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Joined: May 10th, 2013, 8:31 pm

FX swaps

January 1st, 2014, 12:52 am

Hi,I was wondering quickly how (or if you can) express an interest rate position using FX forwards and Spot.For example, imagine I wanted to be exposed to a position that is "long" AUD rates vs USD.Take the AUD 6M swap at about 106 points, this implies a yearly yield of about 2.38%, how can I trade using a 6M forward and spot so that I profit if the yield goes up and have no (or very little) FX exposure?I was thinking sell the forward and buy spot, but I wasn't sure if that works, especially as the forward "decays" toward the spot price over time so it doesn't quite work?Thanks in advance, and happy new year.Jeremy.
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Joined: May 28th, 2008, 5:22 am

FX swaps

January 1st, 2014, 6:14 am

Hi Jeremy,I'll try to explain FX Swaps quickly:FX Swap is simultaneously buying and selling of fx spot and fx forward. You can do both directions (buy & sell, sell & buy -> fx spot & fx forward respectively).Obviously, you don't execute 2 deals, and dealer will quote you the difference between the spot and forward (actually, it can be 2 forwards, so the diff between leg#1 and leg#2).Exposure wise, this is equivalent to a cross currency irs, where the rates exchanged are both fixed, with one rate set off-market at 0%.The exposures you will get is long dv in one ccy and short dv in the other ccy (supposed to be the respective OIS curves, assuming you have a reasonable CSA in place), plus a long/short ccy1/ccy2 basis exposure - this is also heavily dependent on your institution (a US bank with access to fed funds will have a different discount curve than a EUR bank for example, and thus differenet IR attached to the same ccy).Spot exposure results from NPV calculation, which means (assuming mid-market, i.e. npv=0 at inception) you get some positive npv in ccy1 and the same amt of negative npv in ccy2 (thus netting npv=0). This absolute amt of npv is your spot exposure, and this spot exposure will be different if you're a USD bank or a EUR bank or a TRY bank, because of the different discount curves you will use.FX Swaps are liquid usually upto 1 year (very liquid ccys will be quoted to somewhat longer maturites) and above 1 year cross ccy irs takes over liquidity wise.Hope this made sense.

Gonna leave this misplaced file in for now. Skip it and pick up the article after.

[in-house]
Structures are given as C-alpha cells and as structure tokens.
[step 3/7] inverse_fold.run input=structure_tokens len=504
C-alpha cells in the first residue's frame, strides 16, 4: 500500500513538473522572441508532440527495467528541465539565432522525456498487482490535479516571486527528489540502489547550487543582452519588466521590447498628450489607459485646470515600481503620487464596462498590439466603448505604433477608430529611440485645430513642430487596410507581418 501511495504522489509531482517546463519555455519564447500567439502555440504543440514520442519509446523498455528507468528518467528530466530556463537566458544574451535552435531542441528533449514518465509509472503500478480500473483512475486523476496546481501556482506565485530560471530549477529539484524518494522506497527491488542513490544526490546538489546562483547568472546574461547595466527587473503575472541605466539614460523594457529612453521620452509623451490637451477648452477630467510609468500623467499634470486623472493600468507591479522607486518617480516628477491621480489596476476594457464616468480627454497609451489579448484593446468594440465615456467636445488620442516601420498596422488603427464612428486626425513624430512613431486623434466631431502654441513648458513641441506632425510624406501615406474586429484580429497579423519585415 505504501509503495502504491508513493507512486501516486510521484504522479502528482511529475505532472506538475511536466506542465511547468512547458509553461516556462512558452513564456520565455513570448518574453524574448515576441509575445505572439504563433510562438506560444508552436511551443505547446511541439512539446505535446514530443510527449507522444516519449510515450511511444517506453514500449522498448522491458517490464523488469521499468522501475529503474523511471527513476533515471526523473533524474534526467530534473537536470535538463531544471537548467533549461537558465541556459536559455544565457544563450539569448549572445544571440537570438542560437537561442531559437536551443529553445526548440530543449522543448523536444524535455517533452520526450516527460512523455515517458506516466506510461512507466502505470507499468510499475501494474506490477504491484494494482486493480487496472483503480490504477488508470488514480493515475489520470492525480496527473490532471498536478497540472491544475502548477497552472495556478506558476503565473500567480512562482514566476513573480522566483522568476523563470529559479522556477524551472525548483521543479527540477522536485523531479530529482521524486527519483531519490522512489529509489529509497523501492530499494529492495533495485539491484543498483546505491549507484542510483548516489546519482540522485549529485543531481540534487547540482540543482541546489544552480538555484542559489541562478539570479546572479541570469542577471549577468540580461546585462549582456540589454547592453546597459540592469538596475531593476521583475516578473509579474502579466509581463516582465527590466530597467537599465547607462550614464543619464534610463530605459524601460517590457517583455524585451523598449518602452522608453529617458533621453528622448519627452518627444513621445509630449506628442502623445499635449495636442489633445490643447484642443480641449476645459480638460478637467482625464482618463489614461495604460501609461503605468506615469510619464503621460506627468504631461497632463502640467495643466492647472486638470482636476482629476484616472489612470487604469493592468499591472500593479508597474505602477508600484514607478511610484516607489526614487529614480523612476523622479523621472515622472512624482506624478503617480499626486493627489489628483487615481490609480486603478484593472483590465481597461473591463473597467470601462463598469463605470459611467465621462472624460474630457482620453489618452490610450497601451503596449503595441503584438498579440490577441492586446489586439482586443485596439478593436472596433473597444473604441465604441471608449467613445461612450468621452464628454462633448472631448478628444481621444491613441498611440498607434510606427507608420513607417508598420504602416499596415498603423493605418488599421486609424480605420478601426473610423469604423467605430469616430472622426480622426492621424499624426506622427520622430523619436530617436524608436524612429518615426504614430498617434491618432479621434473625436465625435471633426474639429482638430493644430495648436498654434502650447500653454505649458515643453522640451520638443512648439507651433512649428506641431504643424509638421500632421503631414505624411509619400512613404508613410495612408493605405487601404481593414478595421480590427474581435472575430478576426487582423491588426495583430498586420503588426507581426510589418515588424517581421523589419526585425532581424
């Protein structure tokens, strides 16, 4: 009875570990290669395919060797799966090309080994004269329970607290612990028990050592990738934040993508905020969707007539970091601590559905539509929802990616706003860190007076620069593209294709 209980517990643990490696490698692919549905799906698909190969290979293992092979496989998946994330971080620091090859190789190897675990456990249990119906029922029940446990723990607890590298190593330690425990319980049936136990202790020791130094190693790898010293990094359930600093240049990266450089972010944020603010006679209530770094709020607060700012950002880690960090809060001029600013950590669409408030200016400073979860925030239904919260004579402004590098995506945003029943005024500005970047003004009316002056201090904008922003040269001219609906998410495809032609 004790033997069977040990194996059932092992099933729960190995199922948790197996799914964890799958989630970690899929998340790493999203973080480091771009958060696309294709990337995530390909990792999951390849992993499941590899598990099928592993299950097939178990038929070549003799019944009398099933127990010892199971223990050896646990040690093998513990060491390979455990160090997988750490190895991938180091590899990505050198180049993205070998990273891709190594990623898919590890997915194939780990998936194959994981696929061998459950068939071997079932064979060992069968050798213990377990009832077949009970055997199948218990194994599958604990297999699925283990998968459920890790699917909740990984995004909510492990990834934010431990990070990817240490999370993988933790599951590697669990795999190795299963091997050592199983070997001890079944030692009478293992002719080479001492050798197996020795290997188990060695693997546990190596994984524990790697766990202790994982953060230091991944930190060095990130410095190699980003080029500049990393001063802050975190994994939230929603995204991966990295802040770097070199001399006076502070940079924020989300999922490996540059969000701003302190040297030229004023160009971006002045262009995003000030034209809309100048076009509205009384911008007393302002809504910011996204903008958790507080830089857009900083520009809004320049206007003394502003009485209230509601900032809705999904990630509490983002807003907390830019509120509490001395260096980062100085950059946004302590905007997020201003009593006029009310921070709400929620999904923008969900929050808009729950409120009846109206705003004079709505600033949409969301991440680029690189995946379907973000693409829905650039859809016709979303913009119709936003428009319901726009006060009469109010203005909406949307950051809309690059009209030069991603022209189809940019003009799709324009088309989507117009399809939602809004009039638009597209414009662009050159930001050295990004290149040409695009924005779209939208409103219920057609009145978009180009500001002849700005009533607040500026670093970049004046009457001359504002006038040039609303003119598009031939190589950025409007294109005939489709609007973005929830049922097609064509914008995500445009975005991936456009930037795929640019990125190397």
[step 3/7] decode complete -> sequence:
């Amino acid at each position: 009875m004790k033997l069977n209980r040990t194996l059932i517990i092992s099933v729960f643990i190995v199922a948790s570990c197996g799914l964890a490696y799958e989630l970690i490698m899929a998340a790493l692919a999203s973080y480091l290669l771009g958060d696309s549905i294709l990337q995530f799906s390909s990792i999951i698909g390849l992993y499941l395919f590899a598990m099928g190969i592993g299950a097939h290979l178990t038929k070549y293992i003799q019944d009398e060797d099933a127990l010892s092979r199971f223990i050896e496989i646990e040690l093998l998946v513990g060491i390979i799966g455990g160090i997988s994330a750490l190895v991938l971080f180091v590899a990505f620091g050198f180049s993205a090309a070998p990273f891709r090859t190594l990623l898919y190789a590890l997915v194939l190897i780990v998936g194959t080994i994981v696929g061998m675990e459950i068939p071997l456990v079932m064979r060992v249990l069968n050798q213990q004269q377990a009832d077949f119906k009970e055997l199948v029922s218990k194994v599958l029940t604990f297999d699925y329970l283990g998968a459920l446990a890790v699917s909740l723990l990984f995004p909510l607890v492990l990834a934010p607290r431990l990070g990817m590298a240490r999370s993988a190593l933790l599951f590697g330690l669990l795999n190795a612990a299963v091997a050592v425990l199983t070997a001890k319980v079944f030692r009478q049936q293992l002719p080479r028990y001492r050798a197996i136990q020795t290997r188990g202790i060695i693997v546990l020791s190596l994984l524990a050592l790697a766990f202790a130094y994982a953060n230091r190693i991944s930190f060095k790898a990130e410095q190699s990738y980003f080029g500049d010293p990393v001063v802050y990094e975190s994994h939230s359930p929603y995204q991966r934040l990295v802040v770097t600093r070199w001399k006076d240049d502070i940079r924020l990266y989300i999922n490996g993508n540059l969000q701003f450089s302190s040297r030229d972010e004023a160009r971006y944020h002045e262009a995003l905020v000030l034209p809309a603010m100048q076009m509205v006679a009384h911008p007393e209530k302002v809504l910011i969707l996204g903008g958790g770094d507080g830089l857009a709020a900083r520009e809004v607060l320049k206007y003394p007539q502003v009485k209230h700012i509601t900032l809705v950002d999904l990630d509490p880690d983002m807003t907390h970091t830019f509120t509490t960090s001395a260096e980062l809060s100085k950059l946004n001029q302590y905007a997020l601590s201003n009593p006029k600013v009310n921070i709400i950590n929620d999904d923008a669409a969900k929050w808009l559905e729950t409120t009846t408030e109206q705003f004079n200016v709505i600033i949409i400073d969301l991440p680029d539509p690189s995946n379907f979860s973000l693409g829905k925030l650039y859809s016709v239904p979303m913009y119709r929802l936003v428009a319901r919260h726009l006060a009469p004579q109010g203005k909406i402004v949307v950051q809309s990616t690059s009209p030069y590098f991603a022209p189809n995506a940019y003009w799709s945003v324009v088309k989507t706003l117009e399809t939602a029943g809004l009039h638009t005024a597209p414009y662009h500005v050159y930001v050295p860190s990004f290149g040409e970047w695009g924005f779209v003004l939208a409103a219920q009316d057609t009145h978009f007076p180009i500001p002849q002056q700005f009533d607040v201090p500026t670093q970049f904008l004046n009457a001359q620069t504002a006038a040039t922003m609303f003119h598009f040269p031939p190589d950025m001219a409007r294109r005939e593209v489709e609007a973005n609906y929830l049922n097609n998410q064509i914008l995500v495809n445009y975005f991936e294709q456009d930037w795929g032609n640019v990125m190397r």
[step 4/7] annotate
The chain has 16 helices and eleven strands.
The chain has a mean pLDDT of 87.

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Joined: July 14th, 2002, 3:00 am

FX swaps

April 4th, 2014, 5:08 am

sell USD / buy AUD spotbuy USD / sell AUD forward (6months say)in one month (say), roll the forward leg to go back to a 6 month exposure.This way you should roughly stay long AUD rate / short USD rate with a maturity of 5.5months.It would not be a pure rate trade though as the xccy basis (and supply/demand for USD cash vs AUD cash) would come into play (as noted by Giladr).
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Joined: January 24th, 2005, 8:08 am

FX swaps

December 2nd, 2014, 7:19 pm

Hi Jeremy,You said" Obviously, you don't execute 2 deals, and dealer will quote you the difference between the spot and forward (actually, it can be 2 forwards, so the diff between leg#1 and leg#2)."What about the Spot and the forward leg of the deal. there is a spot transaction in which currencies are exchanged, I guess.
Last edited by cosmologist on December 1st, 2014, 11:00 pm, edited 1 time in total.

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